Transfer the dough to a lightly oiled bowl, cover with plastic wrap or a damp kitchen towel, put in the fridge and let rise for 8-12 hours. It should double or even triple in size.

When ready to bake the pizza, heat your oven to 500F, preferably with a pizza stone in it if you have one. Take out your pizza dough and divide it in half. On a well floured surface, stretch each half of the dough into an approximately 12-inch circle (or rectangle, as the case may be), then let it rest for 10-15 minutes.

While the dough is resting, toss the sliced red onion with the balsamic vinegar in a large bowl. Let this sit for 10-15 minutes to lightly pickle the onions. Then, gently stir in the peach slices.

When the dough has finished resting, stretch each half further into a circle as thin as you can make it without breaking the dough – if the dough does tear, just press it back together.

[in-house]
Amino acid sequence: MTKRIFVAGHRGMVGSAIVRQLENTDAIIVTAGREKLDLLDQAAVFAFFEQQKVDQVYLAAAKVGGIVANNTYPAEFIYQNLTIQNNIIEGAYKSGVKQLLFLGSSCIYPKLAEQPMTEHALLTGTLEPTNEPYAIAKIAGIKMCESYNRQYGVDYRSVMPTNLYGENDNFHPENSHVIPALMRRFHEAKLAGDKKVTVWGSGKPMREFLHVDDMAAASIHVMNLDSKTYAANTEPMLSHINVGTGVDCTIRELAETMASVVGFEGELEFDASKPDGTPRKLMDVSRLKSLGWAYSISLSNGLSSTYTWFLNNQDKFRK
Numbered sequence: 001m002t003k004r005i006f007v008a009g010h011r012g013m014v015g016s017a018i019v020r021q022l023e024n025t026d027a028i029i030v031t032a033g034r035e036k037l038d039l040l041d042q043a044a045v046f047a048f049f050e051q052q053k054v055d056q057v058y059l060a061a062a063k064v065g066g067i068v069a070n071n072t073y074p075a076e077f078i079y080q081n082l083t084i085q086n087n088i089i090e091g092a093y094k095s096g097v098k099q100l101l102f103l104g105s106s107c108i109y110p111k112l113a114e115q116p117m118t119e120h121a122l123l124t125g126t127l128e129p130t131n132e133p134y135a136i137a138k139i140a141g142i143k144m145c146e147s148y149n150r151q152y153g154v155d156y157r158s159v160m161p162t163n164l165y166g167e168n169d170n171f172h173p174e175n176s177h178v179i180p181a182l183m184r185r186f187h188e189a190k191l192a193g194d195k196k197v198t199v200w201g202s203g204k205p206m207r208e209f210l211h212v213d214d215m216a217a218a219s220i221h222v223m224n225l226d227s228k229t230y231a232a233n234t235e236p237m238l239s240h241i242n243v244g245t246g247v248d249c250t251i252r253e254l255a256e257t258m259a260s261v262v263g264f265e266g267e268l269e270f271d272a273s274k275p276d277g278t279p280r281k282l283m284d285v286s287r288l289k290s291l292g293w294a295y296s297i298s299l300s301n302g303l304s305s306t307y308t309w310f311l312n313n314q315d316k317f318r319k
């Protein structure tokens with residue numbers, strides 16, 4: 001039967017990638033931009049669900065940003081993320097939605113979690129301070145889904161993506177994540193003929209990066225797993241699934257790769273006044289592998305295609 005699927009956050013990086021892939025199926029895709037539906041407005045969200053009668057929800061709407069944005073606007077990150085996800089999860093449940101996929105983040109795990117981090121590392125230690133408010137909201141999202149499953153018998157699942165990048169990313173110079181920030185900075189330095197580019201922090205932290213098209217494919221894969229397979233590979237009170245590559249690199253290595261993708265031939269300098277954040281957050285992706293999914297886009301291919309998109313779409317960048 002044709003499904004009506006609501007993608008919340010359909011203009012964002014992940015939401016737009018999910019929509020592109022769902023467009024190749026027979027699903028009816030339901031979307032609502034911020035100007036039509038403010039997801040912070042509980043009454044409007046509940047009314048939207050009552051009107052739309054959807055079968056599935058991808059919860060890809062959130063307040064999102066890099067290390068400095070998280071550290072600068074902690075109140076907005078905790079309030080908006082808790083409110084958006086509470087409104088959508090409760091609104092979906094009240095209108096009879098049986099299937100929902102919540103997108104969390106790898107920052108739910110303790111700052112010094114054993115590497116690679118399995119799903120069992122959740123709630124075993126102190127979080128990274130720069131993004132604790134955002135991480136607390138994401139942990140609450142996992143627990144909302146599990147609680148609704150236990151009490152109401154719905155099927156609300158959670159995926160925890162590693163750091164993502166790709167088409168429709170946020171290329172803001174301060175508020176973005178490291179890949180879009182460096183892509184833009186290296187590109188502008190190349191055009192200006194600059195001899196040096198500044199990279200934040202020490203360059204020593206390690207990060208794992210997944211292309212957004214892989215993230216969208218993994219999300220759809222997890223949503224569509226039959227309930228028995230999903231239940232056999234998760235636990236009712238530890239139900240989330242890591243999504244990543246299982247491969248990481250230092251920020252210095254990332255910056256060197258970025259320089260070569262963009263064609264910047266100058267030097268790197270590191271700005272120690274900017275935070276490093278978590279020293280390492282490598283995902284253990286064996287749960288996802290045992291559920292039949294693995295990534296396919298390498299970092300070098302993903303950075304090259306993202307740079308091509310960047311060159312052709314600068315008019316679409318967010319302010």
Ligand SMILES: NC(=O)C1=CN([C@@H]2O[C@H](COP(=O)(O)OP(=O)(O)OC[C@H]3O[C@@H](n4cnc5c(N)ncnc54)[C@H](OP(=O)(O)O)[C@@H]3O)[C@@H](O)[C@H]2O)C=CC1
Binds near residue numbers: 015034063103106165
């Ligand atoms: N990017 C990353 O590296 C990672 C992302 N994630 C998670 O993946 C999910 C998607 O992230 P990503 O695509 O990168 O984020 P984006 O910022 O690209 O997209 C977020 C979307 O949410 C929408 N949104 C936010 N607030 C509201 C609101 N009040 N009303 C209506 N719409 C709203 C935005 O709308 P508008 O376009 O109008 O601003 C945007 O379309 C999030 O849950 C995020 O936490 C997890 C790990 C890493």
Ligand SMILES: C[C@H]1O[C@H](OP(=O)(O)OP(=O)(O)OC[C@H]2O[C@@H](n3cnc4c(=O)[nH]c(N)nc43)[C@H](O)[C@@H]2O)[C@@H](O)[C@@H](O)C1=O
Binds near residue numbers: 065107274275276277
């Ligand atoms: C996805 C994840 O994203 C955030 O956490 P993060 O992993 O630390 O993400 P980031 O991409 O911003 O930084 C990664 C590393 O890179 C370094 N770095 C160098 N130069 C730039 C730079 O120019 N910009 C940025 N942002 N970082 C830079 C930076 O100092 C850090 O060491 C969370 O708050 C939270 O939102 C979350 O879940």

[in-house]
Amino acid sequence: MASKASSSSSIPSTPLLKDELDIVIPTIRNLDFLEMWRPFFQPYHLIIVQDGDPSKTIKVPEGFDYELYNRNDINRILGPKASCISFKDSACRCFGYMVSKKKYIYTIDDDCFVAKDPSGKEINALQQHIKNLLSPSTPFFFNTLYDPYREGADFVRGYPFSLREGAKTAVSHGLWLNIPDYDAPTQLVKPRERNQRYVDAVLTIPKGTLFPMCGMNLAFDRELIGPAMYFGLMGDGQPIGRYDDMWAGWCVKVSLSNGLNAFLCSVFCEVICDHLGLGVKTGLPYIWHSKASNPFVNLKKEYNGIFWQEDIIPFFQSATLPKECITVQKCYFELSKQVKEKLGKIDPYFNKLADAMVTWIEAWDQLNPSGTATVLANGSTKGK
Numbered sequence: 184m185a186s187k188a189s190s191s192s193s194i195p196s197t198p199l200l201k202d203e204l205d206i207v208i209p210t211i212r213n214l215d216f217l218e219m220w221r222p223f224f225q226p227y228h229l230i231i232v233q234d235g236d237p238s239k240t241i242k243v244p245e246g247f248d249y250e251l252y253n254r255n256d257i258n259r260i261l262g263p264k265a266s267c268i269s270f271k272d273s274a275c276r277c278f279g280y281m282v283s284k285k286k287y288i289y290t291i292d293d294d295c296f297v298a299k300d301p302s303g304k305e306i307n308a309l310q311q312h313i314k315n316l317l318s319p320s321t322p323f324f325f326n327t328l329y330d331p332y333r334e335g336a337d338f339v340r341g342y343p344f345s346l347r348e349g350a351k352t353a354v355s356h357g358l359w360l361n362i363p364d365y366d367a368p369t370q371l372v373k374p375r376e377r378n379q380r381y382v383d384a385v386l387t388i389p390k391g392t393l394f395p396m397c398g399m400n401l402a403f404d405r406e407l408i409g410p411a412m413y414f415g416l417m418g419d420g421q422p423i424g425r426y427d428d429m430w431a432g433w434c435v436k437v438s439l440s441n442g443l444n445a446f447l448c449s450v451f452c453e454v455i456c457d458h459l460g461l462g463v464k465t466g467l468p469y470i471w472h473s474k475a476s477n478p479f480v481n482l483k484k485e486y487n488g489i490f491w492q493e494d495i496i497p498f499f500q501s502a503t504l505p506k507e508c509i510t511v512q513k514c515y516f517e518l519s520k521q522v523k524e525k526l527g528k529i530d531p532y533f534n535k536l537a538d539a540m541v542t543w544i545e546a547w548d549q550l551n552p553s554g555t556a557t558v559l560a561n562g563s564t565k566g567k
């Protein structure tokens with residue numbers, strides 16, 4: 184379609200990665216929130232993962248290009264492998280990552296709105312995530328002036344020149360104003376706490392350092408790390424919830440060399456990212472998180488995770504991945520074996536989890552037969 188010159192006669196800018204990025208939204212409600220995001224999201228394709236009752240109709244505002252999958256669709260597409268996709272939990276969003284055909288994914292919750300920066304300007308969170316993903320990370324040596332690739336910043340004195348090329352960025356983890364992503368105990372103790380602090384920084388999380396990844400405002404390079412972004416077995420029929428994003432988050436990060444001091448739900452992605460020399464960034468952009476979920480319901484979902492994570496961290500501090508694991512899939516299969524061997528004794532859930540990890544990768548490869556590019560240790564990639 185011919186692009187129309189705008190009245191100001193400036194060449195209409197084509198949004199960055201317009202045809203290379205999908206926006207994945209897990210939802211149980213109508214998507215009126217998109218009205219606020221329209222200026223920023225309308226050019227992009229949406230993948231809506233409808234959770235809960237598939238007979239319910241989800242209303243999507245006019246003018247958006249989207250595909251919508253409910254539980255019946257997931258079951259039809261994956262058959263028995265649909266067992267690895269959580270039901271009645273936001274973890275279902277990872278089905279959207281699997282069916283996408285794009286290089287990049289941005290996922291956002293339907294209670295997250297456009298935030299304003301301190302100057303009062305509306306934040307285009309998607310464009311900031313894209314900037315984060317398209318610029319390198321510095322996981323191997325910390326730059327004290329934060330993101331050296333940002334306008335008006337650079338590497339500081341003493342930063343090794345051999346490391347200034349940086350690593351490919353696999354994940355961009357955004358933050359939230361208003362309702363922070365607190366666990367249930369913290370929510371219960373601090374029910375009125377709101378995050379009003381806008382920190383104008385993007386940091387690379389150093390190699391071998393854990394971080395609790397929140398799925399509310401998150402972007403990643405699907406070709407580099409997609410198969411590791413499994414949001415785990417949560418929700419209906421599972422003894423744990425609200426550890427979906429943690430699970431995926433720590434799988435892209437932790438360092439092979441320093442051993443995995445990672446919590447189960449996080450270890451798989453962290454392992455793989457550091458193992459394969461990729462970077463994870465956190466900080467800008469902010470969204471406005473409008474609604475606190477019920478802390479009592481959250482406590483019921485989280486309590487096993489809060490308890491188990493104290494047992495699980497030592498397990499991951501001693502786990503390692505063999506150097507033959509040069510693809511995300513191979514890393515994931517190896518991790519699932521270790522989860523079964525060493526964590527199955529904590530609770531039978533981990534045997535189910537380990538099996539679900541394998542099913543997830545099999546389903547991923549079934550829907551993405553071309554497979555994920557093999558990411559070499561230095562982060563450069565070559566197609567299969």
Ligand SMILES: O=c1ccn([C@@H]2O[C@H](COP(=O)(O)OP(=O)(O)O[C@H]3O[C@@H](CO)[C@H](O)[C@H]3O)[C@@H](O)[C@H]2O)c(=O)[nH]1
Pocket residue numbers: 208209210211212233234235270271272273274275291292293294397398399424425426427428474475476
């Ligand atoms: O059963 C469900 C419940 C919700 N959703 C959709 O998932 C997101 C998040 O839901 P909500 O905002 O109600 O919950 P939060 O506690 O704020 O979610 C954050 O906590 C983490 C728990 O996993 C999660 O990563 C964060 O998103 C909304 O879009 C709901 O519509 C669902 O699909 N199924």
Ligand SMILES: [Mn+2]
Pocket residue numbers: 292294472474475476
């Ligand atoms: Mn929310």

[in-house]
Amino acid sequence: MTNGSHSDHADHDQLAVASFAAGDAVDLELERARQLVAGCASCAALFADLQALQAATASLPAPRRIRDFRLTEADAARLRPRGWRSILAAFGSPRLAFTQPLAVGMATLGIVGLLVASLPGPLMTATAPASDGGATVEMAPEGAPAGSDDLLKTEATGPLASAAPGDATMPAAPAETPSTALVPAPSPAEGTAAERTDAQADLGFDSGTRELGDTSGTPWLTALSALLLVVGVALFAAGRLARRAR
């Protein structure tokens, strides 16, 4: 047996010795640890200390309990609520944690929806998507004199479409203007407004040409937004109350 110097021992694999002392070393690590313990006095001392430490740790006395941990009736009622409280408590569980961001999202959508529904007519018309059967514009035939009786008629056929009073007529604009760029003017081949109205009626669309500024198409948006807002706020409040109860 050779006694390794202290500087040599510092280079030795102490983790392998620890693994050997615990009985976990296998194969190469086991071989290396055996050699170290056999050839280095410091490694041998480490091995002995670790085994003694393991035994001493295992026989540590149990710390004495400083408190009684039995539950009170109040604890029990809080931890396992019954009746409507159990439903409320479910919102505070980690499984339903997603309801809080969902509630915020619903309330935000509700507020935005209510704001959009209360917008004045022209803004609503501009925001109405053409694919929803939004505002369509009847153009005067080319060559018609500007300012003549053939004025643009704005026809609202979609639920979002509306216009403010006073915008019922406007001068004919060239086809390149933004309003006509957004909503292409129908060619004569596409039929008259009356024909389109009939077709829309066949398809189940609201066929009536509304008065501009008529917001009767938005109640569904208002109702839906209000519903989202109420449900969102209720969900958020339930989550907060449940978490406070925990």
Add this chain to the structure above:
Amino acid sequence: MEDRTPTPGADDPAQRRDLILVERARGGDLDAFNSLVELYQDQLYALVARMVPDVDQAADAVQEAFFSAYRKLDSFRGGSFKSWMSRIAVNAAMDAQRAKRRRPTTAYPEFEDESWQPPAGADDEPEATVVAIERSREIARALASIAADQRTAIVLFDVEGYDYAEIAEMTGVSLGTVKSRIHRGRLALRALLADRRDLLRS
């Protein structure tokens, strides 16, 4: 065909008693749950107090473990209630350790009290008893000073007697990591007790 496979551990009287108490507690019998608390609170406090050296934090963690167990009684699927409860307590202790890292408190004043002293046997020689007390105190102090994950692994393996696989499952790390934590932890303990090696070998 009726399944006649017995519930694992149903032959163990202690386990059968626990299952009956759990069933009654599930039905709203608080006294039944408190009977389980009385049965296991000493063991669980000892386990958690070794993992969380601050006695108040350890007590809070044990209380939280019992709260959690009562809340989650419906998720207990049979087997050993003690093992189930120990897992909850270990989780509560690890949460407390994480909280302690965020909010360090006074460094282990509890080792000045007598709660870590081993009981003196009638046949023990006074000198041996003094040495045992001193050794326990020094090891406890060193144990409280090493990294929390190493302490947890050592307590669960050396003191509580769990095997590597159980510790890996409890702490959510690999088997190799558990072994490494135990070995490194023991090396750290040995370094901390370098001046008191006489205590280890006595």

Transfer each stretched piece of dough to a parchment lined baking sheet or a pizza peel sprinkled with cornmeal.

Top each of the pizzas with half of the peaches and onions, making sure to leave the remaining balsamic vinegar in the bowl because you’re going to toss the arugula in there. Break the chevre into small chunks and scatter half of it evenly over each of the pizzas. Sprinkle the pizzas well with sea salt.

Bake each pizza one at a time, either directly on the pizza stone or on the baking sheet you have it on, in the hot oven until the crust is nice and golden brown (mine took only about 8 minutes, but the time depends on how thin your dough winds up being). While the pizzas are baking toss the arugula & prosciutto with the remaining vinegar and the 1 Tbs. olive oil plus a pinch of salt. After each pizza comes out of the oven, top it with half of the arugula. The arugula should wilt a bit with the heat.

Let the pizzas cool at least 5 minutes before slicing, then slice and serve.

 

With NCTW Dean’s List Pinot Noir …

Grilled Lamb Chops

Recipe and photo: FoodNetwork.com
Serves 6

Ingredients

2 large garlic cloves, crushed